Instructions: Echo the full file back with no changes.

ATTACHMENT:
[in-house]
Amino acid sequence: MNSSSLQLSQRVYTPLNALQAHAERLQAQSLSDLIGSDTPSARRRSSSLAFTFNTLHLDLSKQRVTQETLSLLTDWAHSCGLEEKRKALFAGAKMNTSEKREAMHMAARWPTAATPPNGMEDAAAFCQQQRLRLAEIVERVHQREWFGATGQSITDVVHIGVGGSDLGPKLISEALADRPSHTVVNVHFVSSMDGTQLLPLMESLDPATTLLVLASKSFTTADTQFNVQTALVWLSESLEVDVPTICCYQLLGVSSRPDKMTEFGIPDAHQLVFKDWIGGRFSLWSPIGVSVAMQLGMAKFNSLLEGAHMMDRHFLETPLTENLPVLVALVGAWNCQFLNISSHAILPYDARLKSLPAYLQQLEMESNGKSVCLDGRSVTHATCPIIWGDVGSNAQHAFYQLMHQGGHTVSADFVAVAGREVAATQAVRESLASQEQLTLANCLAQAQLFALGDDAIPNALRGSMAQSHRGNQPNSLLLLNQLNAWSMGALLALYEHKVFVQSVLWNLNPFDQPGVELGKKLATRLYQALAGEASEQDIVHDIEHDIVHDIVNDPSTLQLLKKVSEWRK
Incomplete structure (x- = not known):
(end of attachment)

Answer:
[in-house]
Amino acid sequence: MNSSSLQLSQRVYTPLNALQAHAERLQAQSLSDLIGSDTPSARRRSSSLAFTFNTLHLDLSKQRVTQETLSLLTDWAHSCGLEEKRKALFAGAKMNTSEKREAMHMAARWPTAATPPNGMEDAAAFCQQQRLRLAEIVERVHQREWFGATGQSITDVVHIGVGGSDLGPKLISEALADRPSHTVVNVHFVSSMDGTQLLPLMESLDPATTLLVLASKSFTTADTQFNVQTALVWLSESLEVDVPTICCYQLLGVSSRPDKMTEFGIPDAHQLVFKDWIGGRFSLWSPIGVSVAMQLGMAKFNSLLEGAHMMDRHFLETPLTENLPVLVALVGAWNCQFLNISSHAILPYDARLKSLPAYLQQLEMESNGKSVCLDGRSVTHATCPIIWGDVGSNAQHAFYQLMHQGGHTVSADFVAVAGREVAATQAVRESLASQEQLTLANCLAQAQLFALGDDAIPNALRGSMAQSHRGNQPNSLLLLNQLNAWSMGALLALYEHKVFVQSVLWNLNPFDQPGVELGKKLATRLYQALAGEASEQDIVHDIEHDIVHDIVNDPSTLQLLKKVSEWRK
Incomplete structure (x- = not known):